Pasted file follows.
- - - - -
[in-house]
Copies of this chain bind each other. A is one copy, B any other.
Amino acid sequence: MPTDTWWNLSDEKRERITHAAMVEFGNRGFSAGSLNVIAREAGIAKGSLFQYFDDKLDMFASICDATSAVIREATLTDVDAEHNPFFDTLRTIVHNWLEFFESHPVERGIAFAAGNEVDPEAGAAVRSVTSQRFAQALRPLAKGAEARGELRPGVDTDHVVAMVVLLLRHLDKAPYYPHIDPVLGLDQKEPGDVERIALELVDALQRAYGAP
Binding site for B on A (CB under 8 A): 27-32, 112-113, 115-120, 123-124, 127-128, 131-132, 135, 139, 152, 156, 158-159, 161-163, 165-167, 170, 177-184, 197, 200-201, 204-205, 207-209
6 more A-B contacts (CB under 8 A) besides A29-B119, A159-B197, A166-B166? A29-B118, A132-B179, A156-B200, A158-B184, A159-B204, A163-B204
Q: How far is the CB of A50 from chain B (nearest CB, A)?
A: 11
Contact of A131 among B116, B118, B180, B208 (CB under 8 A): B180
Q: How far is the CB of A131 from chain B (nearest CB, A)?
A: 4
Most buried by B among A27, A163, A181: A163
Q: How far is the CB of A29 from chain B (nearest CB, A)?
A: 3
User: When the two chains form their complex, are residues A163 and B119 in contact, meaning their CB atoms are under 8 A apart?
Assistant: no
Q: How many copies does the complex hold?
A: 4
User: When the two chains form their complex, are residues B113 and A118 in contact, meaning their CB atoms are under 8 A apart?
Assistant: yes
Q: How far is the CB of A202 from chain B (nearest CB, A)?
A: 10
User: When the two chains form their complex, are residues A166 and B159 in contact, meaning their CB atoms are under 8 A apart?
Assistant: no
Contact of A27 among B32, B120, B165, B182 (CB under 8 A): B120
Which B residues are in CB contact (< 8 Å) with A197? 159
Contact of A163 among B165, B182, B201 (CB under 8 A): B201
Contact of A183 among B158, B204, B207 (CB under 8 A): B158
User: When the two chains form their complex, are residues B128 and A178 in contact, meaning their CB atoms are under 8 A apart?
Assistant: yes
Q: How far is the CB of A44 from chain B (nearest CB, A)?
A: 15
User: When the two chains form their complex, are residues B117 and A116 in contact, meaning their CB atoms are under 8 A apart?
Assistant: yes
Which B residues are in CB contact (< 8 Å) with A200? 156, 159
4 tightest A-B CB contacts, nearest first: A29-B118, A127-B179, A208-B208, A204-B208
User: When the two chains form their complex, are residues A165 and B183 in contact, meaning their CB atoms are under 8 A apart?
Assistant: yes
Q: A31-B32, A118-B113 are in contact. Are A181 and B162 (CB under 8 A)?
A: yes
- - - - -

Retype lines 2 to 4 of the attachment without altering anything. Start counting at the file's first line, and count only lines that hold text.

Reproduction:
Copies of this chain bind each other. A is one copy, B any other.
Amino acid sequence: MPTDTWWNLSDEKRERITHAAMVEFGNRGFSAGSLNVIAREAGIAKGSLFQYFDDKLDMFASICDATSAVIREATLTDVDAEHNPFFDTLRTIVHNWLEFFESHPVERGIAFAAGNEVDPEAGAAVRSVTSQRFAQALRPLAKGAEARGELRPGVDTDHVVAMVVLLLRHLDKAPYYPHIDPVLGLDQKEPGDVERIALELVDALQRAYGAP
Binding site for B on A (CB under 8 A): 27-32, 112-113, 115-120, 123-124, 127-128, 131-132, 135, 139, 152, 156, 158-159, 161-163, 165-167, 170, 177-184, 197, 200-201, 204-205, 207-209